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New analysis reveals higher rates of prediabetes progressing to diabetes

According to estimates from the Centers for Disease Control (CDC), for every 100 people, 33 people are living with prediabetes and 30 of them are unaware of it.

The bad news is that once prediabetes progresses to diabetes, it can cause serious complications, especially if left unmanaged. Once diabetes starts, it is much harder to control. For example, diabetics are at higher risk for retinopathy (which can cause blindness) and nephropathy (which can cause kidney failure), as well as stroke and cardiovascular events.

The good news is that research also shows that finding and connecting with prediabetic patients can help prevent or delay diabetes and improve outcomes. How can we get more effective at identification, prediction, intervention and prevention? Big data – using both health and non-health data, machine learning and artificial intelligence – is the key.

Big data, big thinking: Building predictive models to manage diabetes

Allscripts Analytics has analyzed more than 48 million patient records and is combining it with other types of data, including claims data, consumer information and environmental data. We are collaborating with the American Diabetes Association (ADA) to focus on what this data can tell us to help patients, including updating messages to make them more relevant and incorporating best-practice guidelines into EHRs.

We created rules with the CDC criteria that define prediabetes, including patients with HbA1c levels between 5.7% and 6.4%, body mass index (BMI), and age. We applied this rules engine to our EHR data and found more than 3.5 million patients who fit the criteria and were at risk for diabetes.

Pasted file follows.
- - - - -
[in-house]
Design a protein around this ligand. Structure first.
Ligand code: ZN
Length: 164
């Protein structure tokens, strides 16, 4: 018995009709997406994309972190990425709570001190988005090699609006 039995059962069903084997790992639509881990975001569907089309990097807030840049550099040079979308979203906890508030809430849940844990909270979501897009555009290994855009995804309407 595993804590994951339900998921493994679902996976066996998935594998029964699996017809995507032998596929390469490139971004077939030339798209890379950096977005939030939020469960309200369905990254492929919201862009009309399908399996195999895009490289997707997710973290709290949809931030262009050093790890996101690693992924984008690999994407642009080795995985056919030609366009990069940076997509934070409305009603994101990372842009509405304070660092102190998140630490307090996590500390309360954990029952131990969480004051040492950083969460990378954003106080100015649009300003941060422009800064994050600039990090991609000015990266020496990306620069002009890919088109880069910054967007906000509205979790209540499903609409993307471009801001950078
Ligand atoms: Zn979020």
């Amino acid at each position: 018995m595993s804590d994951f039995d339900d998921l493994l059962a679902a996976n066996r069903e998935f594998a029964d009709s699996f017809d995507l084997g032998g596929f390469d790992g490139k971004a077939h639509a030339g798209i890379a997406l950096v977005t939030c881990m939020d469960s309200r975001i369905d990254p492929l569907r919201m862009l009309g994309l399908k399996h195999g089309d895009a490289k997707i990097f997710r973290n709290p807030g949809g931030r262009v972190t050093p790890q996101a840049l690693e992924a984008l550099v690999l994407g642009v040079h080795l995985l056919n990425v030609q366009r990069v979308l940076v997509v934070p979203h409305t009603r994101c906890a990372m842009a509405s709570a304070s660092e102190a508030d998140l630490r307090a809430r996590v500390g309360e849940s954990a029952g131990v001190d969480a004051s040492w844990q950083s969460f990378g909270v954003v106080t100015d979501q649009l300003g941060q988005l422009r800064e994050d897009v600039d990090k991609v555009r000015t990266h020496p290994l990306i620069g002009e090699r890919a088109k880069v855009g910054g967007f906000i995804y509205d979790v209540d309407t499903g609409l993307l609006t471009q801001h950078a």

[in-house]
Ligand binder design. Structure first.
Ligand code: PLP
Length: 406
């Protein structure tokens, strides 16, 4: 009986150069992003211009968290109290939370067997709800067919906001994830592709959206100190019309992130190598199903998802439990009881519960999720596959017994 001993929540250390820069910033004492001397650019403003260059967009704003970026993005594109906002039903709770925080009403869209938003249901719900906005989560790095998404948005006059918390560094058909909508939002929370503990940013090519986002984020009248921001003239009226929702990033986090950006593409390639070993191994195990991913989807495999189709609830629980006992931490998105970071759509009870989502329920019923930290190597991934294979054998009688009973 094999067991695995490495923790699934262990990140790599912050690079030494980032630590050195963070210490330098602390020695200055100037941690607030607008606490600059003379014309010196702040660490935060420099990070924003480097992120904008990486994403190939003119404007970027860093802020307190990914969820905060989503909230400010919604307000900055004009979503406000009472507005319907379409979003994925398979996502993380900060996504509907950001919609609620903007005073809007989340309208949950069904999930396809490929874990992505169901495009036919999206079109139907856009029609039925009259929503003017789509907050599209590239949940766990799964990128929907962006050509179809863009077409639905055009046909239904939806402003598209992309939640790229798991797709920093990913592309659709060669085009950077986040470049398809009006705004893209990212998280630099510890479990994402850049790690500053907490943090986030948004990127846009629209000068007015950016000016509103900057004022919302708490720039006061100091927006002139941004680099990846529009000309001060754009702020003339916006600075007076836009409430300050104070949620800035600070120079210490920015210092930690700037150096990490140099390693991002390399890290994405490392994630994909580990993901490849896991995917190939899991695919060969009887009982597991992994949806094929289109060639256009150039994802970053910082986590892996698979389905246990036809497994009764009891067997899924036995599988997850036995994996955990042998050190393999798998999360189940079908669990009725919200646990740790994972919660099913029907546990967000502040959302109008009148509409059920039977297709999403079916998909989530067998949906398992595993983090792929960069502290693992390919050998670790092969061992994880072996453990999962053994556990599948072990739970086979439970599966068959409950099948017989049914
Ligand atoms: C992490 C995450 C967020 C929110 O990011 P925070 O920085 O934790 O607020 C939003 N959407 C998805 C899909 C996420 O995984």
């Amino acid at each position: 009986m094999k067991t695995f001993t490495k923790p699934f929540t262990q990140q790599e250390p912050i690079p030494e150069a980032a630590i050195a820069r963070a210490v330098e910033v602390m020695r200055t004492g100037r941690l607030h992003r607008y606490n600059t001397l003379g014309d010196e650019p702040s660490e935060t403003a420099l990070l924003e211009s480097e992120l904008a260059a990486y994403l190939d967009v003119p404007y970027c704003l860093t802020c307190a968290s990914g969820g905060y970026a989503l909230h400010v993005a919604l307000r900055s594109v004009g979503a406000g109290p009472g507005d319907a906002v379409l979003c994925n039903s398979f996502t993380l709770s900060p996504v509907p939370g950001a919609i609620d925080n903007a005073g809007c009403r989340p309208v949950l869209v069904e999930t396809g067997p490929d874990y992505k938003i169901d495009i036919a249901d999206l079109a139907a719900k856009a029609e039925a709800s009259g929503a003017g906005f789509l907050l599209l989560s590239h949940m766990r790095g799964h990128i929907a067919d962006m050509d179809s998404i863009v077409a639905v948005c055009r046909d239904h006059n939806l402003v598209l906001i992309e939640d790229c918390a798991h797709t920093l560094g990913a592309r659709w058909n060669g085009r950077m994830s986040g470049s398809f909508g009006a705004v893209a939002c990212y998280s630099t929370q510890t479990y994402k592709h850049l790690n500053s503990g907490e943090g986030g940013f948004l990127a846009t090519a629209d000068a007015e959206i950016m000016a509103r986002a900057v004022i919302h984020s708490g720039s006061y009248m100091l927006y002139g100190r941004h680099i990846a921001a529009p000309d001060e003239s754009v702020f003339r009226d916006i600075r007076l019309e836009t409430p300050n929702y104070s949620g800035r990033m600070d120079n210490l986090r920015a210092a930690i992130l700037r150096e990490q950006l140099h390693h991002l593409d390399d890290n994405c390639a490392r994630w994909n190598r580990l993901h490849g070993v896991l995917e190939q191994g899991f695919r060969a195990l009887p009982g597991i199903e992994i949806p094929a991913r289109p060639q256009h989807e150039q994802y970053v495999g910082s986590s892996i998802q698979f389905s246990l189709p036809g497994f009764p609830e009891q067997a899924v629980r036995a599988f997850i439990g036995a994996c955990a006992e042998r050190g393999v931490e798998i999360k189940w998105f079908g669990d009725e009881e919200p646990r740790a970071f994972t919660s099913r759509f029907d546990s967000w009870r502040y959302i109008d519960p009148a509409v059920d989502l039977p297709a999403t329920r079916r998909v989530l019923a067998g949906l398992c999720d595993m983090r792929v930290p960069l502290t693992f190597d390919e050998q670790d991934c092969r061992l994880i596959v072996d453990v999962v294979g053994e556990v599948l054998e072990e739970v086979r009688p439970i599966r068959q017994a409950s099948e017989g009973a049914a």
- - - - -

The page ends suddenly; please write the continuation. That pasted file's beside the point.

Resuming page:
Next, we followed these patients over four years, and we found that 80% of these patients went on to develop diabetes. This unexpected finding is much higher than the CDC’s findings of one in three patients. But our ability to conduct this large-scale analysis and find a huge progression to diabetes demonstrates that this problem may be grossly underestimated in the United States today.

Given the complexity of disease, it’s worth the effort to uncover insights that can help clinicians predict which patients will develop diabetes. By embedding the CDC’s algorithm into our EHRs, we’ll be able to support clinicians in early identification of prediabetes. We’re continuing to collaborate with the ADA on a consumer app that will use this data to help people assume responsibility for their own care in the real world. Together with patients and clinicians, we’ll continue to work toward better outcomes.

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